People don’t want to read the truth
In response to Judy Dukes’ letter about why there aren’t more conservative newspapers, there are some, but the answer to your question is easy. The answer is sin sells. Just look at movies, TV shows and magazines, six o’clock news, and the list goes on and on.
Conservatives believe in God and that sin is wrong. As proof, there are 77 percent of citizens who say they are Christians, but only 20 percent attend church regularly. Most liberals want God removed from schools, government and anything else they can think of.
There is a majority of liberals and most are for greed and what they think is happiness. When papers print facts and constitutional rights, that isn’t what most liberals want to hear, so conservative papers won’t sell as well (it takes a profit to stay in business). People don’t want to hear the truth or read facts from newspapers or the Bible; doing so may remind them of their sinful lifestyle.
What they think is happiness here on earth, won’t buy them a place in heaven.
— Jim McKittrick
Work for all, not just your party
Blackmail has never worked. Why did Republican extremists led by John Boehner, think it would work by holding Americans hostage unless they got what they wanted? Why not pass the ACA and then work out their disagreements afterwards without the use of blackmail if they find some parts need to be changed?
To continue on this path is ridiculous. Come on, Congress people, work for the American people as you were elected to do, not a political party.
— Jerry Jenkins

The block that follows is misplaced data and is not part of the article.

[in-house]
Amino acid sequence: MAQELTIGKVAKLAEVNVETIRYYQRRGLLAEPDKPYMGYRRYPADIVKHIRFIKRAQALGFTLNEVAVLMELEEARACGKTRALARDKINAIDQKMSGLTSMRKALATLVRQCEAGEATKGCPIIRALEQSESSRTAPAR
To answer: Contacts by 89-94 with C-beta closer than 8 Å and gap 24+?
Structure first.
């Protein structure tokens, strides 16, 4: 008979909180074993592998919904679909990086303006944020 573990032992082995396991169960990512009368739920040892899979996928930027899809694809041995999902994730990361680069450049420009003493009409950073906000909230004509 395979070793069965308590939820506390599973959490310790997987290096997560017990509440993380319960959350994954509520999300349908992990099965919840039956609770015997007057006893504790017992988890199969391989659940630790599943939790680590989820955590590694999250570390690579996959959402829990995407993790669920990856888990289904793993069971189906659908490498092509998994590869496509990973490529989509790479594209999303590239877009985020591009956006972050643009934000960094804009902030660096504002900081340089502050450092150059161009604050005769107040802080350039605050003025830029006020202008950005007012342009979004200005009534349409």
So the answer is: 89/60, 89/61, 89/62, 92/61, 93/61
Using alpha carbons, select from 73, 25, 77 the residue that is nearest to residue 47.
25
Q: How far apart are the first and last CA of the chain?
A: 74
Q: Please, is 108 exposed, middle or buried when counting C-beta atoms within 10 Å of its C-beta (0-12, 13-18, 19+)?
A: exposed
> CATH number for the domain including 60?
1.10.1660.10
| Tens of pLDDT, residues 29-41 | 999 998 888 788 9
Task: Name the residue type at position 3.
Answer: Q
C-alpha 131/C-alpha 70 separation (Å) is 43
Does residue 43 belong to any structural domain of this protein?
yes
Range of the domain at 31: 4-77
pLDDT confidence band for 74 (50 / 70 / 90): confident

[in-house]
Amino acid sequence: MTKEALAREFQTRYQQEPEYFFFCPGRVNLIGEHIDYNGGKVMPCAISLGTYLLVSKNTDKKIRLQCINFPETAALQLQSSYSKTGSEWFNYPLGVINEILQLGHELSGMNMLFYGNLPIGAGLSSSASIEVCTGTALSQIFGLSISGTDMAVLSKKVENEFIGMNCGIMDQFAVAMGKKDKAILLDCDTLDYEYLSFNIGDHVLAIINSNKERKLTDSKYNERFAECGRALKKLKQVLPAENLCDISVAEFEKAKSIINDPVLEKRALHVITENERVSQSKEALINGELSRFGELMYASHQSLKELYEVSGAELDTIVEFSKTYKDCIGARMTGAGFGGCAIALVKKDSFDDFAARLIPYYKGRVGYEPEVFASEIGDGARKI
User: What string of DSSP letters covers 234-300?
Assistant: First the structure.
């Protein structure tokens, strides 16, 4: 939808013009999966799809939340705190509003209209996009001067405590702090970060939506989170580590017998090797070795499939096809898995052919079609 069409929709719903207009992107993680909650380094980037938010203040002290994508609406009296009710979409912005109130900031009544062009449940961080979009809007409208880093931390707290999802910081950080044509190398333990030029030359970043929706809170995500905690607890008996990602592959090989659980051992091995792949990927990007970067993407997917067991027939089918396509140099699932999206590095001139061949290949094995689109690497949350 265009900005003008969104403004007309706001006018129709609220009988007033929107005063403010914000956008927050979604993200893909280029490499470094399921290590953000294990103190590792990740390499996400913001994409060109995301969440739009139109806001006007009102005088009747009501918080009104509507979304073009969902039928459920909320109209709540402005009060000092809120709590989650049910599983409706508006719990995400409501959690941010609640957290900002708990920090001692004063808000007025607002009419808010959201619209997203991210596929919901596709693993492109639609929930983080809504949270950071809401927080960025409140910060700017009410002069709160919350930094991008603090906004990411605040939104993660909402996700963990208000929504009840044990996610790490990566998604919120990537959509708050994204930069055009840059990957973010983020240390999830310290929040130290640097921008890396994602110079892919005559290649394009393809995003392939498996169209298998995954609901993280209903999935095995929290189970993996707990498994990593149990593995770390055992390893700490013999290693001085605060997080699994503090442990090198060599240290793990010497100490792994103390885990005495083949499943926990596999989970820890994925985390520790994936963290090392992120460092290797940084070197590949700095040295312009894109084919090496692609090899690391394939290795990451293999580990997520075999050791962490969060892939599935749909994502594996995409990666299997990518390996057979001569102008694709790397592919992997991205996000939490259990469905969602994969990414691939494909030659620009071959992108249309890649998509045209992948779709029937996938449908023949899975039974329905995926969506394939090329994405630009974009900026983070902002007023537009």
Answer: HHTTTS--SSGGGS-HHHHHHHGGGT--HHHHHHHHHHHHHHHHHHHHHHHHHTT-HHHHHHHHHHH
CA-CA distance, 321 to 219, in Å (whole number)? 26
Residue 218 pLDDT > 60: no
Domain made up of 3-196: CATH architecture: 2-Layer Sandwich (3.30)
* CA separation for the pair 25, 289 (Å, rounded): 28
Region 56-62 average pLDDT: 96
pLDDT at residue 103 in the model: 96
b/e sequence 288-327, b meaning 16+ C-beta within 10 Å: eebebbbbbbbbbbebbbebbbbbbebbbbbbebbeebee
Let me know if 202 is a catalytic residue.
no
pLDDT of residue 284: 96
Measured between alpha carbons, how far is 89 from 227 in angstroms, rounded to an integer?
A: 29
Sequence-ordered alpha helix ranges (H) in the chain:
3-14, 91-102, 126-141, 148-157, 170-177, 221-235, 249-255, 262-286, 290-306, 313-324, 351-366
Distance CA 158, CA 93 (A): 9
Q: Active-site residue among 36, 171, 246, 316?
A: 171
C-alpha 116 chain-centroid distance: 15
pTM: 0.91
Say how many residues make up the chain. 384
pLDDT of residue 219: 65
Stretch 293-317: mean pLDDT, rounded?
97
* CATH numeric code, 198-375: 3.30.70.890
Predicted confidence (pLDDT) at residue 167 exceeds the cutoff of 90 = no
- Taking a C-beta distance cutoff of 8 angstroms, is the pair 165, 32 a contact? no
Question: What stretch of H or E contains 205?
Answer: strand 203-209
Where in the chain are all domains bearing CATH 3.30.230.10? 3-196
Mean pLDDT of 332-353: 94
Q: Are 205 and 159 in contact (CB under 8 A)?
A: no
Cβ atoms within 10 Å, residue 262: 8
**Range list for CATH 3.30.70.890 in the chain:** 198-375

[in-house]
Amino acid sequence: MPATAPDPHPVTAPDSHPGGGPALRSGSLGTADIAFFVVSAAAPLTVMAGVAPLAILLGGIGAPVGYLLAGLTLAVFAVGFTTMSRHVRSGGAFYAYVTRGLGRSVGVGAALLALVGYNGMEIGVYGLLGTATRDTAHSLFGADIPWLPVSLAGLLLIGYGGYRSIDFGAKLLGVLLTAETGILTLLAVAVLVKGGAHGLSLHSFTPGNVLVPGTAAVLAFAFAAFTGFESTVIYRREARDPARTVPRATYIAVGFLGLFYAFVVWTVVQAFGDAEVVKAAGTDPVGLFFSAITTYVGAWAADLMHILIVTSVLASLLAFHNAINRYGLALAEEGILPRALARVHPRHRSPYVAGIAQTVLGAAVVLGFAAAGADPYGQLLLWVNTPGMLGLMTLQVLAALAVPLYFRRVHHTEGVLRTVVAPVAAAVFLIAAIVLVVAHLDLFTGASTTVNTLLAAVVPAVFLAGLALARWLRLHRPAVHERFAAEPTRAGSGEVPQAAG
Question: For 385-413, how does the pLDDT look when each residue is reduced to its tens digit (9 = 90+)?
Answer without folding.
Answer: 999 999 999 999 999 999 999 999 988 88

Reid to blame for shutdown
Having read for several days now many letters printed in the Tribune-Star regarding various aspects of the fiscal impasse that recently gripped Washington, D.C., it has become increasingly apparent that one important aspect of this has gone virtually unmentioned amidst the consternation and vituperation. The shutdown is entirely the manufacture of one individual.
On Oct. 2, the House of Representatives voted in a bipartisan manner to pass a bill funding the NIH, the National Institute of Health, which, among other things, conducts research into various cancers. This research often provides life-saving treatments for pediatric cancer patients. Having passed the House, this Bill was denied a vote in the Senate by Democrat Senate Majority Leader Harry Reid.
On Oct. 2, the House of Representatives voted in a bipartisan manner to fully fund the National Parks, Memorials and Monuments. This funding would have prevented the shameful instances of veterans being turned away from the memorials erected in honor of their service and sacrifice by what some have dubbed “Barry-cades”. This bill was denied a vote in the Senate by Senate Majority Leader Harry Reid.
On Oct. 3, the House of Representatives voted in a bipartisan manner to fund the Veteran’s Administration, thereby ensuring our veterans received, in a timely fashion, the benefits they have earned through their honorable service to this nation. This Bill was denied a vote in the Senate by Senate Majority Leader Harry Reid.
On Oct. 3, the House of Representatives voted in a bipartisan manner to fund payments for our National Guard and Army Reserve personnel. This Bill was denied a vote in the Senate by Senate Majority Leader Harry Reid.
There seems to be a pattern emerging, in that one person was, as others have claimed, “holding the country hostage” during the latest fiscal impasse. Having duly elected a Republican majority in the House, from which all spending must originate, does it really seem fair that one senator could impede the Congress from doing its assigned duty and acting to fund those aspects of the government it deems appropriate?
— Thomas W. Bogigian
West Terre Haute
Blood transfusions not discouraged
Letter writer Sharon Ammen made a misstatement in her letter printed Oct. 11.
She wrote that Seventh-day Adventists do not believe in blood transfusions. As a matter of fact, members are encouraged to donate blood, especially in times of crisis.
Seventh-day Adventists operate hospitals in many countries and administer blood transfusions on a regular basis.
— Janet Schlunt